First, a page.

Its one thing to rush an application to market without thinking about security. Its another to rush a security application to market. But thats whats happened with several personal firewalls—a product category that was a virtual nonentity a year ago but is now standard fare for anyone on a broadband connection, including telecommuters.
Personal firewalls are designed to block suspicious incoming and outgoing traffic on a client or even block an application from using the Internet altogether. Its an important job, since broadband connections are always on and, hence, easy prey for hacker programs that can sniff out their IP addresses.
But many of these personal firewalls have a design thats easy to compromise with just a few lines of code, according to several sources. In fact, to prove the point, one source sent code to eWeek with the claim that it compromised Sygate Technologies Inc.s Personal Firewall. But the source said it would work on Symantec Corp.s Norton Personal Firewall and others, as well. eWeek Labs tested the code and confirmed that it will open a back door in several personal firewalls.
Basically, the hack involves known behaviors of these products. Since the personal firewalls watch traffic based on port number and application name, all a hacker has to do is rename a virus or Trojan horse to a name that end users have likely permitted to have access to the Internet.
For example, a hacker could rename a rogue file to iexplore.exe, a file name that is not likely to be barred from using the Web. If, in fact, the end user had set his or her firewall to allow that application to access the Internet, the bad file is allowed in.
Several security experts confirmed the problem. “Everyone is on the personal firewall bandwagon, and hardly anyone is doing it right,” said security expert Steve Gibson, who is building a test suite that will check for these vulnerabilities. Gibson runs his own research house, GRC Inc., in Laguna Hills, Calif.
“A Trojan comes along and calls itself a basic application like netscape. exe, and theyre in,” he said. “And were not talking about some future problem once the bad guys notice. These Trojans exist.”
When informed of the vulnerability, Todd Baginsky, who works for Cincinnati Bell and Wireless, said, “Cool,” only half-kidding.
“Hopefully, publicizing this kind of hole will tighten those companies up quick,” said Baginsky, Web architect and Internet security manager at Cincinnati Bell, part of Broadwing Communications Inc. “Something this simple is scary. We have persistent connections popping up everywhere, so you dont want that to go unchecked.”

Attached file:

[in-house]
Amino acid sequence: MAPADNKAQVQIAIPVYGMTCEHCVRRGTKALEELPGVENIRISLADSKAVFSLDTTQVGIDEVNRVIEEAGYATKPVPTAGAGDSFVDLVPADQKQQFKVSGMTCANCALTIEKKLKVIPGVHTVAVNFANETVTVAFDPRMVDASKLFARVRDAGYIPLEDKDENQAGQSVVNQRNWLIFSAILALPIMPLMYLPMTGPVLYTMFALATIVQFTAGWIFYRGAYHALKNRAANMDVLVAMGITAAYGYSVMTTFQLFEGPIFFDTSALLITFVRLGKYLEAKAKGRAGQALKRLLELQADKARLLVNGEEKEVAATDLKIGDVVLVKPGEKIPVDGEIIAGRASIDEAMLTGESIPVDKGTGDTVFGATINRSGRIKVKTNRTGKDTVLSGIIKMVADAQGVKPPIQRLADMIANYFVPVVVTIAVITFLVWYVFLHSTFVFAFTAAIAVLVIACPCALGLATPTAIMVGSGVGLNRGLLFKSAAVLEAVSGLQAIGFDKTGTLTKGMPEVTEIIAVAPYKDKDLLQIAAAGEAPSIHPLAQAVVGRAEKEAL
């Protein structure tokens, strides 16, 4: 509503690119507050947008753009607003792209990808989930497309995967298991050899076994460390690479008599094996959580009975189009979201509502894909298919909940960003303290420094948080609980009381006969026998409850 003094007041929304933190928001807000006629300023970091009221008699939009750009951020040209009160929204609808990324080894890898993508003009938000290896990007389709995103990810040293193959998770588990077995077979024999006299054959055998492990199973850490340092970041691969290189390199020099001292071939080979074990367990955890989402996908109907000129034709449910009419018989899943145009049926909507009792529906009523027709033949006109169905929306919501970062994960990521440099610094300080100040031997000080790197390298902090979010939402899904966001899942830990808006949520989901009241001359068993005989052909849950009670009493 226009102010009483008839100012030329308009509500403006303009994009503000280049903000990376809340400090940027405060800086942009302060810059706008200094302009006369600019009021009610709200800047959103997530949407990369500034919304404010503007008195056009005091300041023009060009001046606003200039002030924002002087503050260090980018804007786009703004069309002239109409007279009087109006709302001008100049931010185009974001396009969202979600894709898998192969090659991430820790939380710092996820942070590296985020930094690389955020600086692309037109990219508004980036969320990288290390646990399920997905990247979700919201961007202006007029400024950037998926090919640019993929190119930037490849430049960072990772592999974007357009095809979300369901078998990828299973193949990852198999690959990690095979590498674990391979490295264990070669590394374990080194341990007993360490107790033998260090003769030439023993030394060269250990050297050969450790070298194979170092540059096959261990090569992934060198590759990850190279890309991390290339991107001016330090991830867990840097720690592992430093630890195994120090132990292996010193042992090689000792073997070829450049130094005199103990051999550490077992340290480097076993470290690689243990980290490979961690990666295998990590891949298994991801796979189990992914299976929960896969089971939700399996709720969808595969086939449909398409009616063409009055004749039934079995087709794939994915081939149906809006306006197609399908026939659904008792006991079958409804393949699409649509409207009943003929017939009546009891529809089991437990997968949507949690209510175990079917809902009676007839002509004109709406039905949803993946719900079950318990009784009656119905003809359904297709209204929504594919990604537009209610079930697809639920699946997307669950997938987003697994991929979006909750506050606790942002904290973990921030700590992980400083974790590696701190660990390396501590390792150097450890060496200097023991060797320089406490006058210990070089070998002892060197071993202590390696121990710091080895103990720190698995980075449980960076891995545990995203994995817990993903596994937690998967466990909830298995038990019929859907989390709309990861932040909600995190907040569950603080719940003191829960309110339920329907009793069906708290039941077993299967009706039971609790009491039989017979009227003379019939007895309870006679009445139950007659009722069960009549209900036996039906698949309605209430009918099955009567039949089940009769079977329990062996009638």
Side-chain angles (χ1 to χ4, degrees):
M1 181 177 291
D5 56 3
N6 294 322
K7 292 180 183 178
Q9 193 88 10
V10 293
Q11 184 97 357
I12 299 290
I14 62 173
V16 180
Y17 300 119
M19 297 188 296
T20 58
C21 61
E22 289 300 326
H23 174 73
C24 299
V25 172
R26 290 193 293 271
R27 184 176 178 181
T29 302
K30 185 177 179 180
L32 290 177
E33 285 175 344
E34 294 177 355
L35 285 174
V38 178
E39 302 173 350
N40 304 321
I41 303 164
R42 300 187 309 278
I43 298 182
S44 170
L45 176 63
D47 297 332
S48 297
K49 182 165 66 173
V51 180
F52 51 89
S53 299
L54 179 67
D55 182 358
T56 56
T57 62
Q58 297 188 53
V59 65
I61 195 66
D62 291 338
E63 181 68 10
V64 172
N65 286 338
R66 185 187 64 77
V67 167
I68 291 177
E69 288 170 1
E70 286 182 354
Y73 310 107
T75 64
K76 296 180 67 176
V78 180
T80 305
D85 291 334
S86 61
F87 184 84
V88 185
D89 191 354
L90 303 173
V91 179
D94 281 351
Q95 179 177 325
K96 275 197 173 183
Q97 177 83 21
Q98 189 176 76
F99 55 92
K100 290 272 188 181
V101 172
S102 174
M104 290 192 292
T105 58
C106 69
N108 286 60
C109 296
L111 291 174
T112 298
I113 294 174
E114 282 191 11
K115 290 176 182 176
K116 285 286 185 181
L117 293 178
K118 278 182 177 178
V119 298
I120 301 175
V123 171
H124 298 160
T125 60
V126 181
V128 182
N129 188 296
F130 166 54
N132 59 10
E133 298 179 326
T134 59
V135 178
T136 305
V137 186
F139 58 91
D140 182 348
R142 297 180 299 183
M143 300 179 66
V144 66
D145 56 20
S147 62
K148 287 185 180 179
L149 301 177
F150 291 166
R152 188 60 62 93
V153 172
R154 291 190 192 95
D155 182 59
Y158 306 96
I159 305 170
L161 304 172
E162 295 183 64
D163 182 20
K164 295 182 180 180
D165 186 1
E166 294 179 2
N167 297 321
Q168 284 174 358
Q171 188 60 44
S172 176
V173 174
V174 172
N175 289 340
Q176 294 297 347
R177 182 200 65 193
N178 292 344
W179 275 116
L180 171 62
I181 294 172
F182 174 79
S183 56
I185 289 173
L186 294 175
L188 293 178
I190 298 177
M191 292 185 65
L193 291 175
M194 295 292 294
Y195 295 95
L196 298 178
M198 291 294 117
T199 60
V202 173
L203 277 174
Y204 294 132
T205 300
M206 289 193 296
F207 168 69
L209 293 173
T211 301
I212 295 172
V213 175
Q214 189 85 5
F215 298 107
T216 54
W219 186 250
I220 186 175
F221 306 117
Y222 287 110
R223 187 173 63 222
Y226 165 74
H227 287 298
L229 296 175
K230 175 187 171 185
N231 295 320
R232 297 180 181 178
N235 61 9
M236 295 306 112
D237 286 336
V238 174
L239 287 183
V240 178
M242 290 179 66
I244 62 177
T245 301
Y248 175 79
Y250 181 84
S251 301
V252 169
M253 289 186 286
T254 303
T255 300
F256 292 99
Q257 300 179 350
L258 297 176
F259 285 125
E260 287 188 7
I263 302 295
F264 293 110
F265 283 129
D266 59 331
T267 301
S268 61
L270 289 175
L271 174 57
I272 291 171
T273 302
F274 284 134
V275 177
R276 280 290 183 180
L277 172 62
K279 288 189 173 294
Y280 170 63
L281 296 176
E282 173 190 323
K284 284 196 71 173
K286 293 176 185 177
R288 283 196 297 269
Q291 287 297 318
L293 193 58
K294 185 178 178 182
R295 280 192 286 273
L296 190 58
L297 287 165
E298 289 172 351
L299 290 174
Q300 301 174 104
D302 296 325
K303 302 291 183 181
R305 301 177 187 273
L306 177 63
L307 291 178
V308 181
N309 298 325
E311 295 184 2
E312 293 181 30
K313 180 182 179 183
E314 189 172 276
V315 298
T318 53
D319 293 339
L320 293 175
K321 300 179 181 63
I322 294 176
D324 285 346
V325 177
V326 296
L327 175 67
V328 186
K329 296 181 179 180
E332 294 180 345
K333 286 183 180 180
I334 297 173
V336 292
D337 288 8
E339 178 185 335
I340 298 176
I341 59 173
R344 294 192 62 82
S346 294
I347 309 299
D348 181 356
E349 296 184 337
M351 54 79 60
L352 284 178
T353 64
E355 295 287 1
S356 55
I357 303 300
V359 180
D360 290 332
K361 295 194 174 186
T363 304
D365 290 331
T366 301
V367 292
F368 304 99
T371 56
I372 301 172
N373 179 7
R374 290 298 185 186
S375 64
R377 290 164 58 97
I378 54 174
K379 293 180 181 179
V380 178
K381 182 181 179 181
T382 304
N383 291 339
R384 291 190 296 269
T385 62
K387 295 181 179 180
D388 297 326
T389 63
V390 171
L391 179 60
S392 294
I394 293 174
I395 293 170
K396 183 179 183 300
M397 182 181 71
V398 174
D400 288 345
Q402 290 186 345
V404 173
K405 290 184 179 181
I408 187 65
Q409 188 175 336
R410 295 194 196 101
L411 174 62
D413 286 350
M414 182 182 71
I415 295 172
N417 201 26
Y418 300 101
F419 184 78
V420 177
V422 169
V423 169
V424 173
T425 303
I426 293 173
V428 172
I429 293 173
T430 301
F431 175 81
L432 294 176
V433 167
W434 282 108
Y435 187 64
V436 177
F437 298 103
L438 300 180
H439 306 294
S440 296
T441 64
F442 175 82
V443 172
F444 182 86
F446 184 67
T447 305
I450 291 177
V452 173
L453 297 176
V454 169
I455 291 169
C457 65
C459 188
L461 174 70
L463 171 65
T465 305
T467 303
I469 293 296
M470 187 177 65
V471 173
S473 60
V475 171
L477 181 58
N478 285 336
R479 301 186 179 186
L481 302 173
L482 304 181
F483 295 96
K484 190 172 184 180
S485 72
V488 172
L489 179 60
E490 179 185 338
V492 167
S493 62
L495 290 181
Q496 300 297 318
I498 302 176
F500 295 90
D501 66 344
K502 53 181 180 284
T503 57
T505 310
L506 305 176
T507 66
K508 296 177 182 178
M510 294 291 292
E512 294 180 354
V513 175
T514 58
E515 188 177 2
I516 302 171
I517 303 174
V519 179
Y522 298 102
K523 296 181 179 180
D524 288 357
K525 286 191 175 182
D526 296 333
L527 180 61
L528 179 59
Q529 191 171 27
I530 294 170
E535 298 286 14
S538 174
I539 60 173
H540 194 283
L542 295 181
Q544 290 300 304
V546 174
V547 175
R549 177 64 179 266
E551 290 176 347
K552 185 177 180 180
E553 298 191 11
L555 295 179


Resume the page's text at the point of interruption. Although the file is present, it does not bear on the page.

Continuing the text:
When contacted about the problem, Symantec, which makes Norton Personal Firewall, confirmed it had just learned of the vulnerability.
“We were recently made aware of this, and we are looking into this as we speak,” said Greg Vogel, development manager for Symantec, in Santa Monica, Calif. “Since our product includes anti-virus [capabilities], we would still catch any virus that was sent through.”
Other companies declined to comment.
Gibson said that there are other problems born out of the rush to get products to market. For example, Sygates firewalls default settings leave individual programs open to the Internet until users choose to disable access.
Symantec, in an effort to make its product more user-friendly, has a list of applications that automatically get permission to access the Internet, so users arent even presented with the choice, Gibson said.
And some, such as BlackIce Defender, from Network Ice Corp., dont yet offer the ability to block outgoing transmissions to the Internet from the client when the client acts as a server, according to Jose Granado, a senior manager at Ernst & Young LLPs Security Solutions Group, in Houston.
“Both points are valid. These firewalls were rushed to market and are poorly designed,” said Granado, who has testified in front of the U.S. Senate about Internet security. “Version 1 of these things is not a 100 percent solution; its like an 80 percent solution. But business is business. Everyone saw a personal firewall out there, and they all had to have one. Most of them have to get much better in their next rev.”
While some of the technical vulnerabilities will likely go away in later versions of the products, there is a psychological aspect to the problem, according to Gibson and Granado. IT managers put an inherent amount of trust in security products, which actually can leave them vulnerable when the products show weaknesses such as these.
“There is this tendency, since its security, to think, I can set it and forget it,” Granado said. “Thats asking for trouble. The number of telecommuters using broadband is increasing, and what I see in 2001, unfortunately, is [that] home machines will get trashed. Or they will be the dupes that allow a hacker into a corporation.”